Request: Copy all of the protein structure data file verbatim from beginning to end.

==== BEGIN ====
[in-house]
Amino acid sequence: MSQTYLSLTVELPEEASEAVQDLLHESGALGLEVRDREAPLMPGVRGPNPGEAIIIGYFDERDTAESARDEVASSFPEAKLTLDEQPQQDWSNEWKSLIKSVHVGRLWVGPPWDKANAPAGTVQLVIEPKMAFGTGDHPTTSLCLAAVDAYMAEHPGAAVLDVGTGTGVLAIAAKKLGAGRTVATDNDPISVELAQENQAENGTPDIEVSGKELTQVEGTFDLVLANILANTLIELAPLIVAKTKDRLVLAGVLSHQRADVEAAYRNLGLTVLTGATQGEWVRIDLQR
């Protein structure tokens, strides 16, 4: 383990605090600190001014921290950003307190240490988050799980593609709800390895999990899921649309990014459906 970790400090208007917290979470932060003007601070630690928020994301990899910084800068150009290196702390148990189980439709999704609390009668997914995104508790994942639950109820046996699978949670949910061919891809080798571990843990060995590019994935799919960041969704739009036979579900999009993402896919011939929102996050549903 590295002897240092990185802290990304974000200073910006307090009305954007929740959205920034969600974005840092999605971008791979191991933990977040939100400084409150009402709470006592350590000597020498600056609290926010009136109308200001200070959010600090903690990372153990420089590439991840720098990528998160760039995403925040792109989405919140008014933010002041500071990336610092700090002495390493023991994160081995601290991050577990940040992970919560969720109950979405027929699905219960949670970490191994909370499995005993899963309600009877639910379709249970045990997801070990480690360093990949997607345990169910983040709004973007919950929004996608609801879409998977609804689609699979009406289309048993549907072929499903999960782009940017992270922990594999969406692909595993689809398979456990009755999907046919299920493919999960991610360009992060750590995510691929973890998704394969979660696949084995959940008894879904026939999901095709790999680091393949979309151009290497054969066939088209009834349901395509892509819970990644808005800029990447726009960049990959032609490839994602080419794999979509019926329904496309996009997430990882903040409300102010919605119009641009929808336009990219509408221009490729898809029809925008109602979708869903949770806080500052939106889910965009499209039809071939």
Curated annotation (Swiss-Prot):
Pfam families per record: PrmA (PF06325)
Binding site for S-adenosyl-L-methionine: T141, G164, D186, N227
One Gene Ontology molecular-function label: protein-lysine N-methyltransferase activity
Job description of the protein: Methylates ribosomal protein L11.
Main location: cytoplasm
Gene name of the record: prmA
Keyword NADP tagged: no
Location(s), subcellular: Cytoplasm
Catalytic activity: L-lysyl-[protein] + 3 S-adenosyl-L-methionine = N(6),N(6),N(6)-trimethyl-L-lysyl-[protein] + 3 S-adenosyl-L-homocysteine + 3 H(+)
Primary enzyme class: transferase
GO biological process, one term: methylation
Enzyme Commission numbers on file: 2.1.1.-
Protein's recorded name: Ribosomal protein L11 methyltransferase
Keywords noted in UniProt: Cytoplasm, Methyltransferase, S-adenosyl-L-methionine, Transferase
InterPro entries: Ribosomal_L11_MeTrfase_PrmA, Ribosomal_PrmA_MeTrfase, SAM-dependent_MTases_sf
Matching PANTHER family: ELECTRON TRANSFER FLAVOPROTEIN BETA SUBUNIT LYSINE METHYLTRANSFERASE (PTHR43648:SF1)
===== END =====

[in-house]
Amino acid sequence: MSQTYLSLTVELPEEASEAVQDLLHESGALGLEVRDREAPLMPGVRGPNPGEAIIIGYFDERDTAESARDEVASSFPEAKLTLDEQPQQDWSNEWKSLIKSVHVGRLWVGPPWDKANAPAGTVQLVIEPKMAFGTGDHPTTSLCLAAVDAYMAEHPGAAVLDVGTGTGVLAIAAKKLGAGRTVATDNDPISVELAQENQAENGTPDIEVSGKELTQVEGTFDLVLANILANTLIELAPLIVAKTKDRLVLAGVLSHQRADVEAAYRNLGLTVLTGATQGEWVRIDLQR
């Protein structure tokens, strides 16, 4: 383990605090600190001014921290950003307190240490988050799980593609709800390895999990899921649309990014459906 970790400090208007917290979470932060003007601070630690928020994301990899910084800068150009290196702390148990189980439709999704609390009668997914995104508790994942639950109820046996699978949670949910061919891809080798571990843990060995590019994935799919960041969704739009036979579900999009993402896919011939929102996050549903 590295002897240092990185802290990304974000200073910006307090009305954007929740959205920034969600974005840092999605971008791979191991933990977040939100400084409150009402709470006592350590000597020498600056609290926010009136109308200001200070959010600090903690990372153990420089590439991840720098990528998160760039995403925040792109989405919140008014933010002041500071990336610092700090002495390493023991994160081995601290991050577990940040992970919560969720109950979405027929699905219960949670970490191994909370499995005993899963309600009877639910379709249970045990997801070990480690360093990949997607345990169910983040709004973007919950929004996608609801879409998977609804689609699979009406289309048993549907072929499903999960782009940017992270922990594999969406692909595993689809398979456990009755999907046919299920493919999960991610360009992060750590995510691929973890998704394969979660696949084995959940008894879904026939999901095709790999680091393949979309151009290497054969066939088209009834349901395509892509819970990644808005800029990447726009960049990959032609490839994602080419794999979509019926329904496309996009997430990882903040409300102010919605119009641009929808336009990219509408221009490729898809029809925008109602979708869903949770806080500052939106889910965009499209039809071939």
Curated annotation (Swiss-Prot):
Pfam families per record: PrmA (PF06325)
Binding site for S-adenosyl-L-methionine: T141, G164, D186, N227
One Gene Ontology molecular-function label: protein-lysine N-methyltransferase activity
Job description of the protein: Methylates ribosomal protein L11.
Main location: cytoplasm
Gene name of the record: prmA
Keyword NADP tagged: no
Location(s), subcellular: Cytoplasm
Catalytic activity: L-lysyl-[protein] + 3 S-adenosyl-L-methionine = N(6),N(6),N(6)-trimethyl-L-lysyl-[protein] + 3 S-adenosyl-L-homocysteine + 3 H(+)
Primary enzyme class: transferase
GO biological process, one term: methylation
Enzyme Commission numbers on file: 2.1.1.-
Protein's recorded name: Ribosomal protein L11 methyltransferase
Keywords noted in UniProt: Cytoplasm, Methyltransferase, S-adenosyl-L-methionine, Transferase
InterPro entries: Ribosomal_L11_MeTrfase_PrmA, Ribosomal_PrmA_MeTrfase, SAM-dependent_MTases_sf
Matching PANTHER family: ELECTRON TRANSFER FLAVOPROTEIN BETA SUBUNIT LYSINE METHYLTRANSFERASE (PTHR43648:SF1)